There are many dictionaries of art terms and companions on art and art history in the reference room in Marquand, just to the left upon entering the library. See the section beginning with N33.
Search the Grove Dictionary of Art (online: Oxford Art Online), or do a subject search in the catalog. The latter takes practice, but can be very powerful – be as specific as possible. Library of Congress Subject Headings (used in the catalog), involve a string of terms and are “left-anchored,” so you can browse a particular topic by doing a search, and then examining all its subheadings, e.g. Photography or Archaeology (numerous sub-headings, by time period, by region, by theme). Subject Headings can be people, media (painting, sculpture), themes (Cubism), countries, specific artists (last name, first name), etc. Use the guides in the catalog to help you. For example, if you search for Archaeology as a Subject, click on the "Note" icon for more information about this subject, along with related terms. If you try “Chinese Bronzes” as a subject, you will get no results, but a "More Info" box will appear. Click on this, and it will tell you to use “Bronzes, Chinese” instead.
Oxford Bibliographies is a tremendous resource for annotated bibliographies covering current scholarship that fall within a number of Subject Areas, Art History, being one of them. See the list of all topics covered under Art History here towards the bottom, along with forthcoming topics.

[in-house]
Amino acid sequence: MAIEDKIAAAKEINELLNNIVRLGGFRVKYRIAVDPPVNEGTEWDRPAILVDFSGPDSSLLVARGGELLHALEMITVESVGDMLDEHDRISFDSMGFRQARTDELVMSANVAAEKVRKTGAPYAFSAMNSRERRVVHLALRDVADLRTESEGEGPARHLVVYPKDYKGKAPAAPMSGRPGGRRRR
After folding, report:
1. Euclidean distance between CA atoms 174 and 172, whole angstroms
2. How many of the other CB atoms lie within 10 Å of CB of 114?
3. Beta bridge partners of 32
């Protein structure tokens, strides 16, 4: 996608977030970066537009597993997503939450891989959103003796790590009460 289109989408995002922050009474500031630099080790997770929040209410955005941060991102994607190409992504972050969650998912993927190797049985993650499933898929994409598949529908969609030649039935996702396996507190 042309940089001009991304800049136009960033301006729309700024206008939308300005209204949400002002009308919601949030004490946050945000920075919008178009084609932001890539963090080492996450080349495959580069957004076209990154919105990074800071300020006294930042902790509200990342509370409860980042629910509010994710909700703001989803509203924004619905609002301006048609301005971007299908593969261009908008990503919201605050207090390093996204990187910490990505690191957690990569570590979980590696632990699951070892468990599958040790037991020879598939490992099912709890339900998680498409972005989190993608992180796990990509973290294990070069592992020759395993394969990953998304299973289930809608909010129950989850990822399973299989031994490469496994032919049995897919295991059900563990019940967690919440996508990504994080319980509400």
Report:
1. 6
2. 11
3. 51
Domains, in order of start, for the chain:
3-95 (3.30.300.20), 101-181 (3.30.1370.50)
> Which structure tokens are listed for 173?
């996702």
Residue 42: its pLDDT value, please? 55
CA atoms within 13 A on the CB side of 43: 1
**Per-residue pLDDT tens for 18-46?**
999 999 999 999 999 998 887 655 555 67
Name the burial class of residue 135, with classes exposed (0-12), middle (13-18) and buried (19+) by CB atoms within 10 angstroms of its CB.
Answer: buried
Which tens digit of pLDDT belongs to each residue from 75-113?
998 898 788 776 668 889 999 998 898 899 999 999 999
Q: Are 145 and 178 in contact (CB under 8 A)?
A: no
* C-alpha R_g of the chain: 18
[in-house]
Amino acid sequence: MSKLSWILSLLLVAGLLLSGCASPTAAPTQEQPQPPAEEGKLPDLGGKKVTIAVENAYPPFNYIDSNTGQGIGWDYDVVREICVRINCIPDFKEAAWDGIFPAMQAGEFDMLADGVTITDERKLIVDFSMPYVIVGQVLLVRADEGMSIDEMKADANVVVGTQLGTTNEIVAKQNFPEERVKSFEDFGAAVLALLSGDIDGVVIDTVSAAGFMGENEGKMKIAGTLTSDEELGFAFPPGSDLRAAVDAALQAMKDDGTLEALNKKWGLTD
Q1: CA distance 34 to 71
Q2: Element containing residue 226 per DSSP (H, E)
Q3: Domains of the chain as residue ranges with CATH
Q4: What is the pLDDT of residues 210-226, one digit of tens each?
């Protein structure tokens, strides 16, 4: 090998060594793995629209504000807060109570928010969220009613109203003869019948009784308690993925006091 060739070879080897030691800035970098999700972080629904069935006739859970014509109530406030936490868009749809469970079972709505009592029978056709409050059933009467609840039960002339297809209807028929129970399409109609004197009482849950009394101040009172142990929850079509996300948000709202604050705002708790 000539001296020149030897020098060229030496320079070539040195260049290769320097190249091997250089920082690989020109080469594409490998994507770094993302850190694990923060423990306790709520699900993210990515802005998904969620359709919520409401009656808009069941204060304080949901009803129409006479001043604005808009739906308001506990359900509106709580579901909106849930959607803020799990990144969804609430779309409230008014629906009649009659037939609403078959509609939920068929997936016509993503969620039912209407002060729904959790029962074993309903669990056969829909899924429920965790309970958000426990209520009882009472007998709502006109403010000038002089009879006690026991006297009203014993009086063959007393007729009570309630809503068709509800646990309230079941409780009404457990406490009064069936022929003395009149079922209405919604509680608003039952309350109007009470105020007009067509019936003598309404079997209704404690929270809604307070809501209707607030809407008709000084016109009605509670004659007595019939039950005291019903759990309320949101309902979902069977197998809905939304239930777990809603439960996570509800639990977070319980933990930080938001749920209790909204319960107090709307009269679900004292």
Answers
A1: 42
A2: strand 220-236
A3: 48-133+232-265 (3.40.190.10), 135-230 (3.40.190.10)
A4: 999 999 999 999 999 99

Also, good overviews on various art historical movements, types of art, and specific artists can be found in the World of Art series. In the library catalog, select Advanced Search at the top, do a Series Title search with World of Art. One can do the same thing with other general art historical series. Examples: Pelican History of Art, Oxford History of Art, Dictionaries of Civilization, Sources and Documents in the History of Art, Wiley-Blackwell Companions to Art History, A Guide to Imagery (J. Paul Getty Museum), Art & Ideas (Phaidon), Documents of Contemporary Art (Whitechapel Gallery/MIT Press), Wiley's Art History Special Issue Book Series, A Closer Look (National Gallery, London), How to Read (Metropolitan Museum), and Looking at ________: A Guide to Technical Terms (J. Paul Getty Museum).